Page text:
Chullin 61bחולין ס״א ב
The William Davidson Talmudתלמוד מהדורת ויליאם דוידסון
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61bס״א ב

ולילף מעורב מה התם תרי לא אף כל תרי לא א"כ פרס ועזניה דכתב רחמנא למה לי השתא דאית ליה תרי לא אכלינן דאית ליה חד מיבעיא

The Gemara objects: But one should derive instead from a crow: Just as there, a bird with two signs is not kosher, so too any other bird that has only two signs is not kosher. The Gemara responds: If so, why do I need the peres and the ozniyya that the Merciful One wrote among the non-kosher birds? Now that it is established that we do not eat any bird that has two signs, is it necessary to mention these birds, which have only one? Rather, even birds that have only one sign are kosher, save those mentioned explicitly in the Torah as non-kosher.

וניגמר מפרס ועזניה א"כ נשר דכתב רחמנא למה לי השתא דאית ליה חד לא אכלינן דלית ליה כלל מיבעיא אלא נשר דלית ליה כלל הוא דלא תיכול הא דאית ליה חד אכול

The Gemara objects: But let us learn instead from the peres and ozniyya themselves that all other birds with only one sign are non-kosher. The Gemara responds: If so, why do I need the nesher that the Merciful One wrote? Now that it is established that we do not eat any bird that has one sign, is it necessary to mention the nesher, which has none? Rather, the Torah mentions the nesher to indicate that it is a nesher, which has none of the signs of a kosher bird, that you shall not eat. But if you find any bird that has even one of the signs, you may eat it.

ואלא טעמא דכתב רחמנא נשר הא לאו הכי הוה אמינא לילף מפרס ועזניה הוה ליה פרס ועזניה שני כתובין הבאין כאחד ושני כתובין הבאין כאחד אין מלמדין

The Gemara objects: But if so, the reason for eating birds with even one sign is only that the Merciful One wrote: “Nesher.” One can infer, then, that if not for this, I would say: Derive from the peres and ozniyya that any bird with one sign is non-kosher. But that cannot be, since the peres and ozniyya are two verses that come as one, i.e., that teach the same matter, and as a rule, two verses that come as one do not teach a principle.

גמירי דאיכא בהאי ליכא בהאי ודאיכא בהאי ליכא בהאי

The Gemara responds: It is learned as a tradition that the sign present in this, the peres, is absent in that, the ozniyya, and that which is present in that is absent in this. Accordingly, this is not a case of two verses that come as one, since each case would teach only that any other bird with only its respective sign is non-kosher. Consequently, it would have been possible to derive from them that any bird with only one sign is non-kosher. The verse therefore states: “Nesher,” to indicate otherwise.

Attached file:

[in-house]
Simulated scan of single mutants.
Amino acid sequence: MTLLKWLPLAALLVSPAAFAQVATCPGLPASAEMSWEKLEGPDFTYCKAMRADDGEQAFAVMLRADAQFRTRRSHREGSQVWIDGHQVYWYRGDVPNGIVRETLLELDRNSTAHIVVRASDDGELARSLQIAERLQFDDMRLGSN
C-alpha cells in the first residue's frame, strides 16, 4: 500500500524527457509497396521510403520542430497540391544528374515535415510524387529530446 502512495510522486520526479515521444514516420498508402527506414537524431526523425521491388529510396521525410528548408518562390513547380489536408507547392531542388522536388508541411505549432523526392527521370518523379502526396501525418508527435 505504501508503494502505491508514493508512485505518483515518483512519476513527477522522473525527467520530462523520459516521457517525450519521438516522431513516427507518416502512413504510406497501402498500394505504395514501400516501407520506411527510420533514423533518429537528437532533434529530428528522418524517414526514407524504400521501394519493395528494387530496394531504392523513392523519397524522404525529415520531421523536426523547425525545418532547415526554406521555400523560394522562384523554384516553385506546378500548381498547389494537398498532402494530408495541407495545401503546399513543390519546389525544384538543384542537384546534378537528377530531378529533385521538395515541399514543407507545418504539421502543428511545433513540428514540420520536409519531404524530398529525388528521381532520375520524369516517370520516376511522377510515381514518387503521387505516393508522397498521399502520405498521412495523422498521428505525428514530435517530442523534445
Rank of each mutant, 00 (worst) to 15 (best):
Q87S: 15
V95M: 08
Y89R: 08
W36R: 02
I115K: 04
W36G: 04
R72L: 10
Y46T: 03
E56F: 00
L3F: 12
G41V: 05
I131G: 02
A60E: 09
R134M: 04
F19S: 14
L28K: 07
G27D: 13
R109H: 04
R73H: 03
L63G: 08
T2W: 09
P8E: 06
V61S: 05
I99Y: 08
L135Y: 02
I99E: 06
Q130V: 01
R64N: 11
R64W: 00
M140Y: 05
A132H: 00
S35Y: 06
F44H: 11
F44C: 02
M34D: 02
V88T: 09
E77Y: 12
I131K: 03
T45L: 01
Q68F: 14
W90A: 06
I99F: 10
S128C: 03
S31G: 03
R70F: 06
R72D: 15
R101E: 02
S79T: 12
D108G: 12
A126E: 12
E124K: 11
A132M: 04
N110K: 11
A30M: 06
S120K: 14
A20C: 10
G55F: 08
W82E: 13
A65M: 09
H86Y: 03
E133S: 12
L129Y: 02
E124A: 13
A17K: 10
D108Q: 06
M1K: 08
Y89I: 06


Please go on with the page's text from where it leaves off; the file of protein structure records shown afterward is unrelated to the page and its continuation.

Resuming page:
מכדי עשרים וארבעה עופות טמאים הוו אי אפשר דחד דאיכא בהנך ליכא בהני והוו להו שני כתובים הבאים כאחד

The Gemara persists: Now, there are twenty-four non-kosher birds mentioned in the verses. It is impossible that the one sign present in these, the peres and ozniyya, respectively, is absent in all those other birds. Consequently, the mentioning of the peres, ozniyya, and the other birds constitutes two verses that come as one. If so, one could not have derived from the cases of the peres and ozniyya that a bird with one sign is not kosher, and the inclusion of the nesher is unnecessary.

גמירי עשרים וארבעה עופות טמאים הוו וארבעה סימנין תלתא הדרי בכולהו עשרים מהם שלשה שלשה ותרי בעורב חד בפרס וחד בעזניה דאיתיה בהא ליתיה בהא מהו דתימא ליליף מיניה כתב רחמנא נשר נשר דלית ליה כלל הוא דלא תיכול הא איכא דאית ליה חד אכול

The Gemara responds: It is learned as a tradition that there are twenty-four non-kosher birds, and four signs of a kosher bird. The same three signs can be found in all of them, with the exception of either the peres or the ozniyya. Twenty of them have all three signs, and two of those signs can be found in a crow. One sign is found in a peres and one in an ozniyya, and the sign present in this is absent in that, i.e., one of them has the fourth sign, which is absent from the other twenty-three non-kosher birds. Lest you say: Derive from it that any other bird with only that sign is non-kosher, the Merciful One wrote about the nesher to indicate: It is a nesher, which has none of the signs of a kosher bird, that you shall not eat. But if there is any bird that has even one of the signs, you may eat it.

אלא תורין דכתב רחמנא למה לי אמר רב עוקבא בר חמא לקרבן אמר רב נחמן

The Gemara asks: But if one learns from nesher that a bird with even one sign is kosher, why do I need the doves that the Merciful One wrote are kosher, which have all four? Rav Ukva bar Ḥama said: The dove was not mentioned to teach that it is kosher, but rather to teach that it is the only bird fit to be sacrificed as an offering. Rav Naḥman says: